Thinking about that, I suspect when you know your paintings are going to be shrunk down to A5 covers, you know that detail isn’t needed but more suggestion. If you want a comparison in this digital age, resize of a painting or photo through, say, Paint (other painting software is available but everyone using Windows has a this one) and it will still look like the original size, however, magnifying it shows just how few pixels are being used compared to get the same image. Same technique really.

All contents copyright The Book Palace Ltd (c) The Book Palace
All contents copyright The Book Palace Ltd
(c) The Book Palace

More stylised is the work of Laurence Fish (1919-2009) who practically was the industry for travel posters in the UK and advertising as well as a variety of magazine covers in the 50s-60s. Going along with my comments on Graham Coton, you essentially paint what you’re paid to paint and Fish could do both stylised and detailed in equal measure.

Finally, there is a brief look at mid-70s Illustrators Workshop and samples of the six American artists work.

As I’ve pointed out before, there is always something new to learn from looking at the work of the various artists in ‘Illustrators’ and this one is no exception. From Wyles, it’s the clean paintstroke in head studies and with Coton and Fish, to suggest as much as detail. Even if you’re not into actually painting yourself, you’ll love these magazines as a showcase for a variety of talented artists.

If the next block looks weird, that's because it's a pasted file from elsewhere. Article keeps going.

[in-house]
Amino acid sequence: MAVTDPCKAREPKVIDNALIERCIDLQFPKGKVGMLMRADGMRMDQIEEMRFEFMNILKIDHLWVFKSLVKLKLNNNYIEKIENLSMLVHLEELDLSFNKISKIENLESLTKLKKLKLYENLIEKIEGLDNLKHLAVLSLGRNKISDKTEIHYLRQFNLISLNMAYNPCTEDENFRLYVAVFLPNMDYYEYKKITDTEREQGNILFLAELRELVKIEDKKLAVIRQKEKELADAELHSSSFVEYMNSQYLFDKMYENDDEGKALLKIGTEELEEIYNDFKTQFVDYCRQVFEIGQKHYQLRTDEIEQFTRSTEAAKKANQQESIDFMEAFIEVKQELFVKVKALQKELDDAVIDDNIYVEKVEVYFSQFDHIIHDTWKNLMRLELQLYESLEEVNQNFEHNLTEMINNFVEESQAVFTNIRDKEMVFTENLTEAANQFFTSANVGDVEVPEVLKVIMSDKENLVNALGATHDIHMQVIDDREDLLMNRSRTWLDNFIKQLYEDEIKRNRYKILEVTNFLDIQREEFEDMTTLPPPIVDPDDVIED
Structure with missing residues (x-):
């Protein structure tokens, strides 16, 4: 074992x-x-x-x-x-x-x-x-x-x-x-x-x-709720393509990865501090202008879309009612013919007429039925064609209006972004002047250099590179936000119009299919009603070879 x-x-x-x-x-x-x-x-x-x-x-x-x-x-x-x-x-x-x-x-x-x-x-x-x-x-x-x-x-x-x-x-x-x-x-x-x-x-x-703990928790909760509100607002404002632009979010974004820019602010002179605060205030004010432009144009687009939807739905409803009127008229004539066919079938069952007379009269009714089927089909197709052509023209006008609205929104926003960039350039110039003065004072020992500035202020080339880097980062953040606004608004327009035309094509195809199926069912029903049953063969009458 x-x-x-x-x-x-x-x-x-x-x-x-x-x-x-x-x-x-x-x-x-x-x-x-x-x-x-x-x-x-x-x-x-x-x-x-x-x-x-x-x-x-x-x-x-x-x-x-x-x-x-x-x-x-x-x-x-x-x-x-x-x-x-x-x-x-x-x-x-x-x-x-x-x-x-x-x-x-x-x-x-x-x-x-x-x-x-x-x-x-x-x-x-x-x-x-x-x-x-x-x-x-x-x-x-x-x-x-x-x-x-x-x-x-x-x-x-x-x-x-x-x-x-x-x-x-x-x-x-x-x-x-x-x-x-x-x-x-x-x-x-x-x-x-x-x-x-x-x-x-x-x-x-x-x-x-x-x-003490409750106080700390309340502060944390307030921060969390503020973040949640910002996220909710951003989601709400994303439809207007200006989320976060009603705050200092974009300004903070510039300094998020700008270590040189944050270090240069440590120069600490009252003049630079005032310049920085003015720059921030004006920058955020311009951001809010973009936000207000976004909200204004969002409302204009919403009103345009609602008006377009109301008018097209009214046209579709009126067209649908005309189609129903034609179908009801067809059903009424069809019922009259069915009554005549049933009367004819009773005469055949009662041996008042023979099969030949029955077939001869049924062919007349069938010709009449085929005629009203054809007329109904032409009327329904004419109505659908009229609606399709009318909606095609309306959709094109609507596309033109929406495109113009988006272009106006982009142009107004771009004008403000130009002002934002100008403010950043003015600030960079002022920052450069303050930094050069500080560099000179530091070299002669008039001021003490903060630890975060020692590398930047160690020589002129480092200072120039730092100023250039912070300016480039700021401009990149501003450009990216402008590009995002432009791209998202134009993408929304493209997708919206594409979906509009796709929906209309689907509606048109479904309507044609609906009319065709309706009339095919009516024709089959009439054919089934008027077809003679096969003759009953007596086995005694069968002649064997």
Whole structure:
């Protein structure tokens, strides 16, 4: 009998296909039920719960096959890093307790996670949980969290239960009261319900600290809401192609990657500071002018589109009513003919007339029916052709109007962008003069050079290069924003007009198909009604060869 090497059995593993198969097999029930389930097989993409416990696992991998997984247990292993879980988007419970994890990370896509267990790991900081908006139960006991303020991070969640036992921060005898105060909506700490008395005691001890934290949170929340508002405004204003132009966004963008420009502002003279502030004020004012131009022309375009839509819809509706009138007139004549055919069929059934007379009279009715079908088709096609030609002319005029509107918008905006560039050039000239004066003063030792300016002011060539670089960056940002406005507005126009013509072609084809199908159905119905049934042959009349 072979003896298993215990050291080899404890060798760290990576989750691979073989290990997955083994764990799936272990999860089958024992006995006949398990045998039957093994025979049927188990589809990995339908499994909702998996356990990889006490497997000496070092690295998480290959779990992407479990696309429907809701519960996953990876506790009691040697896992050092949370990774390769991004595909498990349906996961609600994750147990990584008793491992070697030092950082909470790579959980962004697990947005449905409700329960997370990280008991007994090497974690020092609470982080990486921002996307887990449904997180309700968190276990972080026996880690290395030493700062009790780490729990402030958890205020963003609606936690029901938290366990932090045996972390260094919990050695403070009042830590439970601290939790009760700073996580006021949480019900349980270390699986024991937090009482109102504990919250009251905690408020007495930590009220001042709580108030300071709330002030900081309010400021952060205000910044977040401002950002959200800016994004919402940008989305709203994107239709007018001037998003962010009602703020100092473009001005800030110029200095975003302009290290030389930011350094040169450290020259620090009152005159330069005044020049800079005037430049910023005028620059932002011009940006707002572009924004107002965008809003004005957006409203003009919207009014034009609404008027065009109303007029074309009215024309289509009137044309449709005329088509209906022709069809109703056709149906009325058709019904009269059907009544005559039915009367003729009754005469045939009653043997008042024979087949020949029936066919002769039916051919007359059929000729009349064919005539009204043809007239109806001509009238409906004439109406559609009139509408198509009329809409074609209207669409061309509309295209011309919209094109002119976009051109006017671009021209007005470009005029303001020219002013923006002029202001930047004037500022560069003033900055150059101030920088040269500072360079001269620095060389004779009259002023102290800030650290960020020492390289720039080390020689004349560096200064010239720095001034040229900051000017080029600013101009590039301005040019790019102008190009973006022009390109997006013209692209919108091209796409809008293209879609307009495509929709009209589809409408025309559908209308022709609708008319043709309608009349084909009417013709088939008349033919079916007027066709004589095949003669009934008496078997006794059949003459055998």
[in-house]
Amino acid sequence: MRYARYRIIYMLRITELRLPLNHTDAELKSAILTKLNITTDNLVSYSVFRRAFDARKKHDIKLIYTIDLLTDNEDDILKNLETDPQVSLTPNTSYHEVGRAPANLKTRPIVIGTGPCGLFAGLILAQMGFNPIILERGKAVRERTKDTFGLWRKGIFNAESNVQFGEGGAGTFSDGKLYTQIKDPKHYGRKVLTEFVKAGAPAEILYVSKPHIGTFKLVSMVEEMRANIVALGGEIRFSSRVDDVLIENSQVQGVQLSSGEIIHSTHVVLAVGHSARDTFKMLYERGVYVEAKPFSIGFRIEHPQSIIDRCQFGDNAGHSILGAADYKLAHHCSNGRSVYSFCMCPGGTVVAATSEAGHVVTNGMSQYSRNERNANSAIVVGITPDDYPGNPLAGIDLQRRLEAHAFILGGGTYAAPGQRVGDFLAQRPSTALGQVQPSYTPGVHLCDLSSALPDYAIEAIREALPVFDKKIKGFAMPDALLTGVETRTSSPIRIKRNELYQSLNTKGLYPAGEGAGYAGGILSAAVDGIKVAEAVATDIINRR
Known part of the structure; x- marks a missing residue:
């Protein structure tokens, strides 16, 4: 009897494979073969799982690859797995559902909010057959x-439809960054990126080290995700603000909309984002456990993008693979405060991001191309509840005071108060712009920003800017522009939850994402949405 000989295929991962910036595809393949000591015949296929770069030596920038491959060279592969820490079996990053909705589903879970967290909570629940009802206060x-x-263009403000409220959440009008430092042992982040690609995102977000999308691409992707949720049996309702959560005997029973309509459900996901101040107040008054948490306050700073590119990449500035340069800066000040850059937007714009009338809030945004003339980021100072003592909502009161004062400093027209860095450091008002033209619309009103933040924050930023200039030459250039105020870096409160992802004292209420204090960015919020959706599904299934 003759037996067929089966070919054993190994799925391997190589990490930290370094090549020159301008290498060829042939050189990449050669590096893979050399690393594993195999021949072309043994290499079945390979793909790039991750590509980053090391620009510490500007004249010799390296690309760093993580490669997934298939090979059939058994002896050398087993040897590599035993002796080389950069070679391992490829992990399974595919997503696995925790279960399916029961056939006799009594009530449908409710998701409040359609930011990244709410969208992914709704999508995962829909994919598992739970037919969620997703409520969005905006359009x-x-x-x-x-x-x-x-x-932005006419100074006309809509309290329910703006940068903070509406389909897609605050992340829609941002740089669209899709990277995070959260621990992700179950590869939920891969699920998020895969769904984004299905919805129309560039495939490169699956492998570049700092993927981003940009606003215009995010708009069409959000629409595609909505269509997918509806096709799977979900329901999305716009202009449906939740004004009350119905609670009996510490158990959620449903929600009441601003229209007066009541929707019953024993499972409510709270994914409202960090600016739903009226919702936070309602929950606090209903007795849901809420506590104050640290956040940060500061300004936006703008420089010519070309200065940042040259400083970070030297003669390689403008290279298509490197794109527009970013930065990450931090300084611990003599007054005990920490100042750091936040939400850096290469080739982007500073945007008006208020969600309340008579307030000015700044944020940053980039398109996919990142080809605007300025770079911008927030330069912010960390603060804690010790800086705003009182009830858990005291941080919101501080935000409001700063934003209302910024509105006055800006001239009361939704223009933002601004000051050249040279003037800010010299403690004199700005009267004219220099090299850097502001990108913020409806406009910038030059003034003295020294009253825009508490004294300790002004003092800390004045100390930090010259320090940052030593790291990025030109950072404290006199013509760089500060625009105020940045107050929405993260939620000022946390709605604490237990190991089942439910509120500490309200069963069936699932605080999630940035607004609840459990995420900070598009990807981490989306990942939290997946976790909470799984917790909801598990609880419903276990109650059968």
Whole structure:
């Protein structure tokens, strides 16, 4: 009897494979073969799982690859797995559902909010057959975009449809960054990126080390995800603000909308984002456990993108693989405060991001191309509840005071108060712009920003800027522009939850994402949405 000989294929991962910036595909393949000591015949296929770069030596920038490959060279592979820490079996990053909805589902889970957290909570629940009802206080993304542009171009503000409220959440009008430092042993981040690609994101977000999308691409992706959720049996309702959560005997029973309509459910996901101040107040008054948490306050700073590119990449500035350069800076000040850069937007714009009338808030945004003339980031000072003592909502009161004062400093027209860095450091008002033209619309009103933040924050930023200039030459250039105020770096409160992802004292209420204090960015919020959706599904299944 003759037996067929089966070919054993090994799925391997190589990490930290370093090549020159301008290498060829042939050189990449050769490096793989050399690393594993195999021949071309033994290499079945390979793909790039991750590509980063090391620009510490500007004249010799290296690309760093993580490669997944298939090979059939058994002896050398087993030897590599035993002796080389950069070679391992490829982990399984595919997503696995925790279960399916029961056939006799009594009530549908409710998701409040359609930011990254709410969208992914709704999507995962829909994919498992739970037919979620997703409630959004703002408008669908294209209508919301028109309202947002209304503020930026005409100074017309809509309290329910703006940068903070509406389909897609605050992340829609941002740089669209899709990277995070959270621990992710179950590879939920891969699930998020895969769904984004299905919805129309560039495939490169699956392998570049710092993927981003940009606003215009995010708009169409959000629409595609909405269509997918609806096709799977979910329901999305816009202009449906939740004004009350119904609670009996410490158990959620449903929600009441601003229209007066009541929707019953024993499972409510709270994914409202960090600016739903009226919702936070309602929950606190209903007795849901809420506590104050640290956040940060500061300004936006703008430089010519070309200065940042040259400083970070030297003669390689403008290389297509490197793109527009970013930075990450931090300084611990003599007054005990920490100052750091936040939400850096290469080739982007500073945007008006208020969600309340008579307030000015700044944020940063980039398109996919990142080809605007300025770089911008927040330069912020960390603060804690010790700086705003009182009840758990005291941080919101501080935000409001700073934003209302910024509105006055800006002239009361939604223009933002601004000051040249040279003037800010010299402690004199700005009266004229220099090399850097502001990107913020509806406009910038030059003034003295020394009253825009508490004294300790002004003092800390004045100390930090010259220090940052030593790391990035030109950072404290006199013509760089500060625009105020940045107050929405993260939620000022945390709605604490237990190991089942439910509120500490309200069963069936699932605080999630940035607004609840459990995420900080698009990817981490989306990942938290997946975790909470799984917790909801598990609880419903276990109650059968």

GF Willmetts

July 2016

(pub: The Book Palace, 2013. 98 page illustrated squarebound magazine. Price: £15.00 (UK). ISBN: 978-1-907081-21-7. ISSN: 2052-6520

check out website: www.thebookpalace.com

2 thoughts on “Illustrators # 6 (magazine review)

  • I heartily agree. I doubt that a lot of illustrators who emerged in the 70’s and 80’s had degrees. I know I was actively discouraged from persueing a career in art. Fortunately, thanks to fanzines such as Cerebro and Singing Wire, to name just 2, I had an outlet for my meagre talent. You may remember me from such stories as “The Uncanny X-Ducks”.
    I never had the courage to go pro but I’m pleased to see an occasional name from the past doing well.

    Reply
  • Hello Danny
    You should know better than me forgetting you. 🙂
    You had a better than meagre talent to draw but getting into comicbook art professionally always needed a decent break and a dose of luck.
    I think it was John Bolton who said to me after one of the comic conventions that I should choose between doing art or writing rather than do both. Oddly, in the end, I went to prose.
    Geoff

    Reply

Leave a Reply

Your email address will not be published. Required fields are marked *

This site uses Akismet to reduce spam. Learn how your comment data is processed.